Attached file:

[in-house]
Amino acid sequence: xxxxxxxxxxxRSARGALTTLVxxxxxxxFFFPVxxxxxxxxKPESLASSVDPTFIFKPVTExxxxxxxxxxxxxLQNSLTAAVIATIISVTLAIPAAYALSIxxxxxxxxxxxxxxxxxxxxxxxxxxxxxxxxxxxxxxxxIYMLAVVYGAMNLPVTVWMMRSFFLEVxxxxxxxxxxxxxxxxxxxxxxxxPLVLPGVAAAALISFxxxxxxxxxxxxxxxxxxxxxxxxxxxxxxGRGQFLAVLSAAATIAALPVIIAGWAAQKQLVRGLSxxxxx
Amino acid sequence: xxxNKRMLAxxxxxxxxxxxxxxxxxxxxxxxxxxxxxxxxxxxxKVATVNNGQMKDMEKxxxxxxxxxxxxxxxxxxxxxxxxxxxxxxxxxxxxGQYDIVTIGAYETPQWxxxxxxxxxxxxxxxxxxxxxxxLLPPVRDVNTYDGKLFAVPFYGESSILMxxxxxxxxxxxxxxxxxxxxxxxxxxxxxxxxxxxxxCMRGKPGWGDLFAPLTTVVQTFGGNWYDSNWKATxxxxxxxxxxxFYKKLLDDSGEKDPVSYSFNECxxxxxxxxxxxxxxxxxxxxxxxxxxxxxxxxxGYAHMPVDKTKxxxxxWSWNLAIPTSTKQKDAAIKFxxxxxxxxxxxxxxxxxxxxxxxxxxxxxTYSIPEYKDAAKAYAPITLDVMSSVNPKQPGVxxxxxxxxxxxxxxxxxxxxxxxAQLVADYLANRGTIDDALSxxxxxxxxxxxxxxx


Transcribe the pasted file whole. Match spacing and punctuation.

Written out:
[in-house]
Amino acid sequence: xxxxxxxxxxxRSARGALTTLVxxxxxxxFFFPVxxxxxxxxKPESLASSVDPTFIFKPVTExxxxxxxxxxxxxLQNSLTAAVIATIISVTLAIPAAYALSIxxxxxxxxxxxxxxxxxxxxxxxxxxxxxxxxxxxxxxxxIYMLAVVYGAMNLPVTVWMMRSFFLEVxxxxxxxxxxxxxxxxxxxxxxxxPLVLPGVAAAALISFxxxxxxxxxxxxxxxxxxxxxxxxxxxxxxGRGQFLAVLSAAATIAALPVIIAGWAAQKQLVRGLSxxxxx
Amino acid sequence: xxxNKRMLAxxxxxxxxxxxxxxxxxxxxxxxxxxxxxxxxxxxxKVATVNNGQMKDMEKxxxxxxxxxxxxxxxxxxxxxxxxxxxxxxxxxxxxGQYDIVTIGAYETPQWxxxxxxxxxxxxxxxxxxxxxxxLLPPVRDVNTYDGKLFAVPFYGESSILMxxxxxxxxxxxxxxxxxxxxxxxxxxxxxxxxxxxxxCMRGKPGWGDLFAPLTTVVQTFGGNWYDSNWKATxxxxxxxxxxxFYKKLLDDSGEKDPVSYSFNECxxxxxxxxxxxxxxxxxxxxxxxxxxxxxxxxxGYAHMPVDKTKxxxxxWSWNLAIPTSTKQKDAAIKFxxxxxxxxxxxxxxxxxxxxxxxxxxxxxTYSIPEYKDAAKAYAPITLDVMSSVNPKQPGVxxxxxxxxxxxxxxxxxxxxxxxAQLVADYLANRGTIDDALSxxxxxxxxxxxxxxx